The New York Times reported about the damages of the attacks on Saudi Aramco, a Saudi Arabian oil firm. The article stated the following, blaming Iran for the attacks on Saudi Aramco along with supporting evidence:
That morning, at 11:08, a person with privileged access to the Saudi state-owned oil company’s computers, unleashed a computer virus to initiate what is regarded as among the most destructive acts of computer sabotage on a company to date. The virus erased data on three-quarters of Aramco’s corporate PCs — documents, spreadsheets, e-mails, files — replacing all of it with an image of a burning American flag.
United States intelligence officials say the attack’s real perpetrator was Iran, although they offered no specific evidence to support that claim. But the secretary of defense, Leon E. Panetta, in a recent speech warning of the dangers of computer attacks, cited the Aramco sabotage as “a significant escalation of the cyber threat.” In the Aramco case, hackers who called themselves the “Cutting Sword of Justice” and claimed to be activists upset about Saudi policies in the Middle East took responsibility.
Intelligence officials are still investigating the nature of the RasGas hack also, because it is related to this attack, which involved a malware called Shamoon.
The investigations of Saudi Aramco and RasGas, Qatar’s top natural gas firm, are coming together. Most of the cyberattacks this year have been aimed at erasing data on energy companies’ computers. More updates to come.
- How hackers attacked Saudi oil company’s computers (seattletimes.com)
- US Increasingly Convinced Iran Behind Attack On Saudi Aramco (techweekeurope.co.uk)
- Shamoon Virus that Attacked Saudi Aramco is the Most Dangerous to Date (oilprice.com)
US Senator Joe Lieberman blamed Iran for the attacks against US banks last Friday, with thoughts that Iran did so out of revenge for the Stuxnet case. The victims of last week’s attacks included Bank of America and JPMorgan Chase. Although not attacked, speculation is that CitiGroup has been a target over the past year. All of these denial of service campaigns seemed to have begun in late 2011.
In C-SPAN’s taping of “Newsmakers,” Lieberman labeled the recent DDoS attacks against the banks a “powerful example of our vulnerability”.
Now, from the perspective of Lieberman, it makes sense to make such claims. When we reported in June about a potential US and Israeli connection for malwares like Flame and Stuxnet, labeled “Operation Olympic Games”, we saw the counterattack that continued cyberwarfare between Iran and the US (as well as other countries). This could be just one of possibly many counterattacks from Iran, and it’s going to be quite dangerous to companies that are vulnerable to cyberattack.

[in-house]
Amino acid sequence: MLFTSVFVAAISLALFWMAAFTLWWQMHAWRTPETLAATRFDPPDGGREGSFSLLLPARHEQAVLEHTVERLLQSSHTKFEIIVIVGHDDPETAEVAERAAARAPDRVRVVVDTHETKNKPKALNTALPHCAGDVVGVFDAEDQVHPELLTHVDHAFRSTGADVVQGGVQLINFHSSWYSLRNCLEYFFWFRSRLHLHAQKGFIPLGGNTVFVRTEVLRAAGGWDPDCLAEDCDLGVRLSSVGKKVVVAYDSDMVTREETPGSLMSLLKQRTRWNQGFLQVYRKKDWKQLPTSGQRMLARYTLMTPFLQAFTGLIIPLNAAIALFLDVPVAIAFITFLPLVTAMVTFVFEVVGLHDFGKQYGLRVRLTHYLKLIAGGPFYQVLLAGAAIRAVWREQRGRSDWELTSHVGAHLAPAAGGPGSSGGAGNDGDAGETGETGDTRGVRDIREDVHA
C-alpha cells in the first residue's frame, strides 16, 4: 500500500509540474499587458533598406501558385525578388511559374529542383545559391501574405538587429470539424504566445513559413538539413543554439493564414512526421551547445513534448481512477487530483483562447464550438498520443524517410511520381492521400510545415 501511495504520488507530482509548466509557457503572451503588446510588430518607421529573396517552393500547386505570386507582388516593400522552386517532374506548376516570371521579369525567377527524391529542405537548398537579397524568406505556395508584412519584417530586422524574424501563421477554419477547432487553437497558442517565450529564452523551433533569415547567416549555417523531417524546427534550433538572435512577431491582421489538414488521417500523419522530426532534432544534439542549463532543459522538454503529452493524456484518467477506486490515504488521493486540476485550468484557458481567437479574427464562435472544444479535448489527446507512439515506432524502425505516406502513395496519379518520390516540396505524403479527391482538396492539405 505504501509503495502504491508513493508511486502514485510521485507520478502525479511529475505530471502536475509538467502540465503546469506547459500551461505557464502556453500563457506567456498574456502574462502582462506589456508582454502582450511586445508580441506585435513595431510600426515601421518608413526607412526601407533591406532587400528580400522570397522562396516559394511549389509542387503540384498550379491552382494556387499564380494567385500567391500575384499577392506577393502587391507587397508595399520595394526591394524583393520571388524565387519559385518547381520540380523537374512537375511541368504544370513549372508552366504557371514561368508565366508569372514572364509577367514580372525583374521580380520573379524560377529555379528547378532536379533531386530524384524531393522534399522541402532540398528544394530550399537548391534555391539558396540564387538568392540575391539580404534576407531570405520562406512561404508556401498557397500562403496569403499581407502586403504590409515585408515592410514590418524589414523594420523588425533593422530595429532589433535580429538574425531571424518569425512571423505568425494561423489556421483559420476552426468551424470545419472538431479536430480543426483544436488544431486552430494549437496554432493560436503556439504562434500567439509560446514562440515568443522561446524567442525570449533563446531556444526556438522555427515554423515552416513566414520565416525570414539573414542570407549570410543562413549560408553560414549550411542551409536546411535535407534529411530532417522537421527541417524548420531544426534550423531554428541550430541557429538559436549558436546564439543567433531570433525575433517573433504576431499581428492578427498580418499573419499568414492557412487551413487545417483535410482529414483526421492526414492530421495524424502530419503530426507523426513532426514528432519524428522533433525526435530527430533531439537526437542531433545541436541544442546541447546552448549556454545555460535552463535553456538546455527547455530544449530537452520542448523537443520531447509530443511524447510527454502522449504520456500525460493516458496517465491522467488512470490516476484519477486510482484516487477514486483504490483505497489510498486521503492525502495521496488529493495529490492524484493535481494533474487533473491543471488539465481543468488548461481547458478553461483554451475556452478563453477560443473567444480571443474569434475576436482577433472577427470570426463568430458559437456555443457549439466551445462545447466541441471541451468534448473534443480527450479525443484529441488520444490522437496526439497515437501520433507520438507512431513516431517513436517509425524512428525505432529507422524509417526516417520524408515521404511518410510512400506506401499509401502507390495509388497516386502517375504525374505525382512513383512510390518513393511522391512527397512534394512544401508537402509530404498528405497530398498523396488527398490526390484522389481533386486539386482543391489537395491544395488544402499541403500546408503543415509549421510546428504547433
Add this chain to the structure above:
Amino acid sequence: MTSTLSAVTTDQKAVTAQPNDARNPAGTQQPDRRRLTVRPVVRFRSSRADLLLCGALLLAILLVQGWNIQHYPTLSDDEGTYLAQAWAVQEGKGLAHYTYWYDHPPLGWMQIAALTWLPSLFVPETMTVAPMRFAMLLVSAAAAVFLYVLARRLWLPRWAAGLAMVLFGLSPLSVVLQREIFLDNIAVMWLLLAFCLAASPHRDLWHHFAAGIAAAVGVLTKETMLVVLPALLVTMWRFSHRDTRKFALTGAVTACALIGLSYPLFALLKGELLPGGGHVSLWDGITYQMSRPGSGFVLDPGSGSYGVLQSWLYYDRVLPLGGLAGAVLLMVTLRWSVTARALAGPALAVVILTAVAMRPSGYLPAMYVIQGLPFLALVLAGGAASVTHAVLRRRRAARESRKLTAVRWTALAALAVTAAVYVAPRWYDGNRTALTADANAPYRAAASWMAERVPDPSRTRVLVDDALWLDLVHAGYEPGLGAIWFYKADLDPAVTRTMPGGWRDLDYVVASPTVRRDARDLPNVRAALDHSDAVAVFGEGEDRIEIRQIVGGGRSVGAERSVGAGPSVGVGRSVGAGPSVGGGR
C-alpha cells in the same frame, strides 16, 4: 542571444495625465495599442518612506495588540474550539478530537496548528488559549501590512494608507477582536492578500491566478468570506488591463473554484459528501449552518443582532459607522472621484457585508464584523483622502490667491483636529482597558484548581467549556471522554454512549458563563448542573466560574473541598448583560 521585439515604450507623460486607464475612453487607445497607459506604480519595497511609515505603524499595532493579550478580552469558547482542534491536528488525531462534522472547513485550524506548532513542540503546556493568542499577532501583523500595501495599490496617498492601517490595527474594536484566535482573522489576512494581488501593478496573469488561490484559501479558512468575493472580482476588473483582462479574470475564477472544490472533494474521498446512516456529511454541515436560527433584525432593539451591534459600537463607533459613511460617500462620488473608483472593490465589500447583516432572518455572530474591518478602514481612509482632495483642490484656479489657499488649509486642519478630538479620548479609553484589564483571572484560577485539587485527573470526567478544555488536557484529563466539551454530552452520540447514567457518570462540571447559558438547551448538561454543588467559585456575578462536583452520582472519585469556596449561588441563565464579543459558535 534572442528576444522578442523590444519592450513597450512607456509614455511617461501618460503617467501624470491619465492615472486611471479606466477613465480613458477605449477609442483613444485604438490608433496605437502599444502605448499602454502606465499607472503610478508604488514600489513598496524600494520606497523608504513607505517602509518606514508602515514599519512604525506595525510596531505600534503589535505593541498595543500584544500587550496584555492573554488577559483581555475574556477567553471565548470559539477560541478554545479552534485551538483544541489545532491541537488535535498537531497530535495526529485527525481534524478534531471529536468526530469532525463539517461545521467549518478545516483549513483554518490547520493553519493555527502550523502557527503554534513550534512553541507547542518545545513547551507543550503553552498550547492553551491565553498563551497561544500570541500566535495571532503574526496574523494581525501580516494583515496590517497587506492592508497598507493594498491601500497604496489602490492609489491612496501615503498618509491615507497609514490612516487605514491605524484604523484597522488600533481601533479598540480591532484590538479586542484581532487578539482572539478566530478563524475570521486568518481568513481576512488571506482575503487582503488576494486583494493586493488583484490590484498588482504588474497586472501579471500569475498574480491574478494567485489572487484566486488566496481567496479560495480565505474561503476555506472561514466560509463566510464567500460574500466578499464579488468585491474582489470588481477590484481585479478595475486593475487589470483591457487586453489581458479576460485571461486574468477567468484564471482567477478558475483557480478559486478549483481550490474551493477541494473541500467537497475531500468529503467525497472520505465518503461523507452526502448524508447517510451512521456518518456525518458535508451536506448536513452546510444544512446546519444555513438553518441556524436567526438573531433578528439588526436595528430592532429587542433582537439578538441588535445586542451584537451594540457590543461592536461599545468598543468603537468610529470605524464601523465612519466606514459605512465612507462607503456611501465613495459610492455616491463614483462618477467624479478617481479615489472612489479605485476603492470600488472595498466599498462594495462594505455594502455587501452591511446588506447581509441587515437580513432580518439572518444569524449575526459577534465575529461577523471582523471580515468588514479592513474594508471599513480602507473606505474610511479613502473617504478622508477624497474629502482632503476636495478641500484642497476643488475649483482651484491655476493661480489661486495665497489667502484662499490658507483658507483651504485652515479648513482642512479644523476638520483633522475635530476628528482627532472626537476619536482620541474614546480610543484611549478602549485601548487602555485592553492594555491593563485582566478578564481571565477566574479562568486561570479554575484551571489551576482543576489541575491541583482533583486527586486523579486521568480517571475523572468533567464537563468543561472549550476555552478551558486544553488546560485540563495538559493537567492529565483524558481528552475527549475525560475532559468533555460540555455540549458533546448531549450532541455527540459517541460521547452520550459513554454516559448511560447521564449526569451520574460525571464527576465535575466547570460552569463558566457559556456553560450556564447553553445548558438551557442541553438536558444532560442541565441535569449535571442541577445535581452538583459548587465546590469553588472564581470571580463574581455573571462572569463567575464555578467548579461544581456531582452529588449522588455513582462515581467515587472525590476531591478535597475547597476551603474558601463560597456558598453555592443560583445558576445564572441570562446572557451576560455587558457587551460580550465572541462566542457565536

Cyberattacks will continue with DDoS and other hacks, and it could target almost any major organization around the world. The main idea is to craft the correct cybersecurity strategies, and be aware of any attack vectors (like if there are too many people trying to hack in to the networks). It’s important to learn from issues like this, and be able to adapt the latest strategies for businesses. Which means: If you don’t have a director for information security at your major company, it’s about time to get one and soon!
Keep all of your devices FULLY safe from hackers:
Also, earlier this month, The New York Times reported that President Obama ordered similar attacks on the super-computers that run Iran’s nuclear plants.
According to Reuters, “Based on obtained information, America and the Zionist regime (Israel) along with the MI6 planned an operation to launch a massive cyber attack against Iran’s facilities following the meeting between Iran and the P5+1 in Moscow,” Iran’s English-language Press TV quoted him as saying.
Another crazy issue would be that since Iranian leaders could not talk to the US/UK/Israel, they assumed an attack was planned. I guess what they don’t know WILL hurt them…right?
What is big about this, is the fact that the cyberwar between the US-based allies (UK + Israel + US) and Iran is heating up. Prepare for more stories like this here on seCURE Connexion!
The United States and Israel jointly developed a sophisticated computer virus nicknamed Flame that collected intelligence in preparation for cyber-sabotage aimed at slowing Iran’s ability to develop a nuclear weapon, according to Western officials with knowledge of the effort.
The massive piece of malware secretly mapped and monitored Iran’s computer networks, sending back a steady stream of intelligence to prepare for a cyberwarfare campaign, according to the officials.
The effort, involving the National Security Agency, the CIA and Israel’s military, has included the use of destructive software such as the Stuxnet virus to cause malfunctions in Iran’s nuclear-enrichment equipment.
The emerging details about Flame provide new clues to what is thought to be the first sustained campaign of cyber-sabotage against an adversary of the United States.
Read this story now: WashingtonPost.com